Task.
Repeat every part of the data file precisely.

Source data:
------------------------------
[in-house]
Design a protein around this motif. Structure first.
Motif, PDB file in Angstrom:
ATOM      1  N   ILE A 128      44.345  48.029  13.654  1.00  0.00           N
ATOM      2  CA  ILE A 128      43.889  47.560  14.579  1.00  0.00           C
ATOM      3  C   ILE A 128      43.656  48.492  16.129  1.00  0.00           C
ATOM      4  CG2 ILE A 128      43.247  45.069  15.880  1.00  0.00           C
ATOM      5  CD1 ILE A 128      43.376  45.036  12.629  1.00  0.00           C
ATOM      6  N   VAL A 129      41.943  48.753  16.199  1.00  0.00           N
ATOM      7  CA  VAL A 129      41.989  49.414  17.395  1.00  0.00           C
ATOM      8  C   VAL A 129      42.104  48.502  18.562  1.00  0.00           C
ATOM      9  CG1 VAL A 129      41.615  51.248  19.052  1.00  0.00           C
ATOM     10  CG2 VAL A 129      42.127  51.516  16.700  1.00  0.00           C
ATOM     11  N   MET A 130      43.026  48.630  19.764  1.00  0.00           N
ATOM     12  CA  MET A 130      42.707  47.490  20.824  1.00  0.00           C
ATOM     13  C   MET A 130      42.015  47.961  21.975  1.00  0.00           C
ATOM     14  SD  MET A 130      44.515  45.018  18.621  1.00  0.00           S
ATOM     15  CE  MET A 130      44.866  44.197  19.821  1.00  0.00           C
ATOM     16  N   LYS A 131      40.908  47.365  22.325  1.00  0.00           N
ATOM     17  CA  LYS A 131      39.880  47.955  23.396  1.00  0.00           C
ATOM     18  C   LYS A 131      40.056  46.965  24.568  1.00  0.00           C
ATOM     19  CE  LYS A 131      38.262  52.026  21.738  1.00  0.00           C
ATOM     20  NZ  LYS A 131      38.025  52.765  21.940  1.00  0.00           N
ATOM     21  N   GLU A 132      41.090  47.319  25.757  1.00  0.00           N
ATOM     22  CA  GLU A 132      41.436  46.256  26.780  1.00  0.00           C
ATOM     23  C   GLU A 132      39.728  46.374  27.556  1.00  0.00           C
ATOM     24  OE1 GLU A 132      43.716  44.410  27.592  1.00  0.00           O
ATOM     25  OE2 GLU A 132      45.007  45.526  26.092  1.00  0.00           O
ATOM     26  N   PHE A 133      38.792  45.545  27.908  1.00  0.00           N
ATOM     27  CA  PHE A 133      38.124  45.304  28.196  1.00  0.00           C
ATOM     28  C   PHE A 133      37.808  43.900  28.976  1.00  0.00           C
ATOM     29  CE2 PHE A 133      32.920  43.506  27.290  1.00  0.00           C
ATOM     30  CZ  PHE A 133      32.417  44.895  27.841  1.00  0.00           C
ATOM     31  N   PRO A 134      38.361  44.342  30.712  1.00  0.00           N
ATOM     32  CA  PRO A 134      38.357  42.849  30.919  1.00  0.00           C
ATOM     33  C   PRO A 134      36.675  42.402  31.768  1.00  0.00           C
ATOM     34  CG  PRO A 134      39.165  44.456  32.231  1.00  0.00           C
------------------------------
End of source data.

[in-house]
Design a protein around this motif. Structure first.
Motif, PDB file in Angstrom:
ATOM      1  N   ILE A 128      44.345  48.029  13.654  1.00  0.00           N
ATOM      2  CA  ILE A 128      43.889  47.560  14.579  1.00  0.00           C
ATOM      3  C   ILE A 128      43.656  48.492  16.129  1.00  0.00           C
ATOM      4  CG2 ILE A 128      43.247  45.069  15.880  1.00  0.00           C
ATOM      5  CD1 ILE A 128      43.376  45.036  12.629  1.00  0.00           C
ATOM      6  N   VAL A 129      41.943  48.753  16.199  1.00  0.00           N
ATOM      7  CA  VAL A 129      41.989  49.414  17.395  1.00  0.00           C
ATOM      8  C   VAL A 129      42.104  48.502  18.562  1.00  0.00           C
ATOM      9  CG1 VAL A 129      41.615  51.248  19.052  1.00  0.00           C
ATOM     10  CG2 VAL A 129      42.127  51.516  16.700  1.00  0.00           C
ATOM     11  N   MET A 130      43.026  48.630  19.764  1.00  0.00           N
ATOM     12  CA  MET A 130      42.707  47.490  20.824  1.00  0.00           C
ATOM     13  C   MET A 130      42.015  47.961  21.975  1.00  0.00           C
ATOM     14  SD  MET A 130      44.515  45.018  18.621  1.00  0.00           S
ATOM     15  CE  MET A 130      44.866  44.197  19.821  1.00  0.00           C
ATOM     16  N   LYS A 131      40.908  47.365  22.325  1.00  0.00           N
ATOM     17  CA  LYS A 131      39.880  47.955  23.396  1.00  0.00           C
ATOM     18  C   LYS A 131      40.056  46.965  24.568  1.00  0.00           C
ATOM     19  CE  LYS A 131      38.262  52.026  21.738  1.00  0.00           C
ATOM     20  NZ  LYS A 131      38.025  52.765  21.940  1.00  0.00           N
ATOM     21  N   GLU A 132      41.090  47.319  25.757  1.00  0.00           N
ATOM     22  CA  GLU A 132      41.436  46.256  26.780  1.00  0.00           C
ATOM     23  C   GLU A 132      39.728  46.374  27.556  1.00  0.00           C
ATOM     24  OE1 GLU A 132      43.716  44.410  27.592  1.00  0.00           O
ATOM     25  OE2 GLU A 132      45.007  45.526  26.092  1.00  0.00           O
ATOM     26  N   PHE A 133      38.792  45.545  27.908  1.00  0.00           N
ATOM     27  CA  PHE A 133      38.124  45.304  28.196  1.00  0.00           C
ATOM     28  C   PHE A 133      37.808  43.900  28.976  1.00  0.00           C
ATOM     29  CE2 PHE A 133      32.920  43.506  27.290  1.00  0.00           C
ATOM     30  CZ  PHE A 133      32.417  44.895  27.841  1.00  0.00           C
ATOM     31  N   PRO A 134      38.361  44.342  30.712  1.00  0.00           N
ATOM     32  CA  PRO A 134      38.357  42.849  30.919  1.00  0.00           C
ATOM     33  C   PRO A 134      36.675  42.402  31.768  1.00  0.00           C
ATOM     34  CG  PRO A 134      39.165  44.456  32.231  1.00  0.00           C